Service sector activity grew at its slowest pace in almost a year in August. Meanwhile, car sales dropped for the fifth month in a row, as expected, although some buyers are no doubt holding off for the ’67 number plate this month. The British Chambers of Commerce (BCC) said there was ‘no sign on the horizon of a return to healthier levels of growth’ but did nudge its UK economic growth forecast for 2017 up from 1.5% to 1.6%. However, the BCC nudged down its 2018 and 2019 UK economic growth outlook to 1.2% and 1.4% respectively.
The Bank of England is likely to step up its warnings this week that households, businesses and investors are underestimating the pace at which UK interest rates will rise. Markets are currently assuming rates stay at 0.25% until the end of 2018 and will not rise above 0.5% until 2020.
In Europe, it appears Brexit is not the only challenge as the immigration crisis continues. The European Court of Justice has overruled Hungary and Slovakia’s objections to the compulsory fixed-quota immigration scheme which was introduced in 2015 to ease pressures on Greece and Italy. Hungary has not accepted a single asylum seeker since the scheme was introduced.
The head of Germany’s largest bank, Deutsche Bank said ‘The era of cheap money in Europe should come to an end, despite the strong euro. We are now seeing signs of bubbles more and more in parts of the capital market, where we wouldn’t have expected them’. He called on the ECB to plot a middle way that averts massive losses on the markets. The ECB said it will set out plans to end its €2trillion economic stimulus programme next month. European Central Bank (ECB) president Mario Draghi said ‘A very substantial degree of monetary accommodation is still needed for underlying inflation pressures to gradually build up and support headline inflation developments in the medium term’. The ECB has kept its 2017 inflation forecast at 1.7% but slightly trimmed 2018 to 1.2% and increased it economic growth forecast for 2017 for the eurozone to 2.2%, the fastest growth in ten years. However, the euro hit a 32-month high against the dollar which will act as a headwind.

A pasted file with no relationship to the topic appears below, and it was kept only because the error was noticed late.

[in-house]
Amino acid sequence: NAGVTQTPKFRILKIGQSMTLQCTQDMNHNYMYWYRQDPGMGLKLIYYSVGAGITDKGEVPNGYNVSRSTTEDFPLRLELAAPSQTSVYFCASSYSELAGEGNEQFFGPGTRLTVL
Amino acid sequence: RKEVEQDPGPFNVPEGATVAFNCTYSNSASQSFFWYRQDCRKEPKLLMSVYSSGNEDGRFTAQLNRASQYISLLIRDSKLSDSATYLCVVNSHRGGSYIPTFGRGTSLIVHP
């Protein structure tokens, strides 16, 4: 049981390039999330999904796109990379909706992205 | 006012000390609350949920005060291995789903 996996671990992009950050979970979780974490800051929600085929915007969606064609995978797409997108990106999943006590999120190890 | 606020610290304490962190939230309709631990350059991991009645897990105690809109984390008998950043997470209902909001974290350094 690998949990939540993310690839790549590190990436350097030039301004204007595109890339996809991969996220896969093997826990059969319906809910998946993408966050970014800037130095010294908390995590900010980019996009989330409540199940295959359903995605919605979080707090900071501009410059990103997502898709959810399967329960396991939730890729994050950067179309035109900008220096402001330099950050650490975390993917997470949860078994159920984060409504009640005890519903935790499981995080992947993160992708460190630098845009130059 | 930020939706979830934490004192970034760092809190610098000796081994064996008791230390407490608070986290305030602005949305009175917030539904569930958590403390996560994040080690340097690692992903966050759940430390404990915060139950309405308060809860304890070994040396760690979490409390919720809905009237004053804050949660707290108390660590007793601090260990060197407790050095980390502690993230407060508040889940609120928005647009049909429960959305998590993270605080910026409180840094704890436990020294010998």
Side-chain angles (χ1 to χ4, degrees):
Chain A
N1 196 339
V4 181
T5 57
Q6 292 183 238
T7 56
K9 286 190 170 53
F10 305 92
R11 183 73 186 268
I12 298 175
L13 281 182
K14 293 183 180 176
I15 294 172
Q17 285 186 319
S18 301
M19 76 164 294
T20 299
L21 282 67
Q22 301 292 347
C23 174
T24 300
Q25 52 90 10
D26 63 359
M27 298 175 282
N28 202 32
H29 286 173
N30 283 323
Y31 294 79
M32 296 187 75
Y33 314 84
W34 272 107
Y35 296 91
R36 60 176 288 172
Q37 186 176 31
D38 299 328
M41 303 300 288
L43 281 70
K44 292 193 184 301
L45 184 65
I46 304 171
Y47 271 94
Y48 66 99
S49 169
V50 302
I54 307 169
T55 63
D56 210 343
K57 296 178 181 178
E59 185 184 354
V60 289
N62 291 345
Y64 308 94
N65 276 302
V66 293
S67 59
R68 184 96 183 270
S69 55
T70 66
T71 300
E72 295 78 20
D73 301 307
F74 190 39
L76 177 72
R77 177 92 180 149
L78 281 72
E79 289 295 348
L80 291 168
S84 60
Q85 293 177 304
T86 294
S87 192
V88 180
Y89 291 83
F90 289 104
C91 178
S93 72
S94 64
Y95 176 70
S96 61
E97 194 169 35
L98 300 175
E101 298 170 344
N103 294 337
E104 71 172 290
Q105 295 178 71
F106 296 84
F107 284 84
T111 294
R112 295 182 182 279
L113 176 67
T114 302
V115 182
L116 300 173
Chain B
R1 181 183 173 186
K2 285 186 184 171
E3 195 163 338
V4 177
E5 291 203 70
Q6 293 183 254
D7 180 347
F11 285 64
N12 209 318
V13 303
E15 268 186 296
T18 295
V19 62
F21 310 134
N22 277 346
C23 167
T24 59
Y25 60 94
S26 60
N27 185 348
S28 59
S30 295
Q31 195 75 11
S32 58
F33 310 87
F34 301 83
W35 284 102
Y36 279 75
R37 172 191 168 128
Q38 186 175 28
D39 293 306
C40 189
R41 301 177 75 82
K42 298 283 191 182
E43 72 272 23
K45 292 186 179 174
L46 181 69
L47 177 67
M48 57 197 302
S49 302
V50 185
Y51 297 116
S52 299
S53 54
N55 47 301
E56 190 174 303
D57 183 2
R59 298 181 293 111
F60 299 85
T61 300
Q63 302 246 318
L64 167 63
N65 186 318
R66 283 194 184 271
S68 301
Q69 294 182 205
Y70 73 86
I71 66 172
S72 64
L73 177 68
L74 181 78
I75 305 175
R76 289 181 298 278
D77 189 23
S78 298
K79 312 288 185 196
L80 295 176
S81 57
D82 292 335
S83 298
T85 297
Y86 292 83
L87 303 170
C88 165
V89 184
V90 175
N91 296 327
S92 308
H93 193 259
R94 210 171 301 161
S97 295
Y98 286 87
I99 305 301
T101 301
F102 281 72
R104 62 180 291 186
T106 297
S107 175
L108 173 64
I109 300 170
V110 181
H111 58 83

In the USA, Donald Trump struck a deal with Republicans and Democrats that will fund the US government until mid-December and provide a short-term increase in the debt ceiling to provide Hurricane Harvey-related aid. The US Fed saw the early resignation of Vice-Chair Stanley Fischer who has tended to be more hawkish than dovish on interest rate policy. With question marks over Chair Janet Yellen when her term expires in February, this latest news raises more questions than answers for now. The interest rate futures market is currently suggesting a 65% chance of a US interest rate hike in December.
Chinese export growth slowed in August to 5.5% due to weaker global demand.
Brent oil picked up to $54 as it appears Hurricane Harvey has impacted US oil output harder than expected.
Finally, even if some MP’s don’t have much faith in Brexit, others out there must do. Norway’s sovereign wealth fund, one of the world’s biggest has shown confidence in the UK by raising its holding target for sterling bonds to 8% of its main fund. ‘Takk skal du ha’.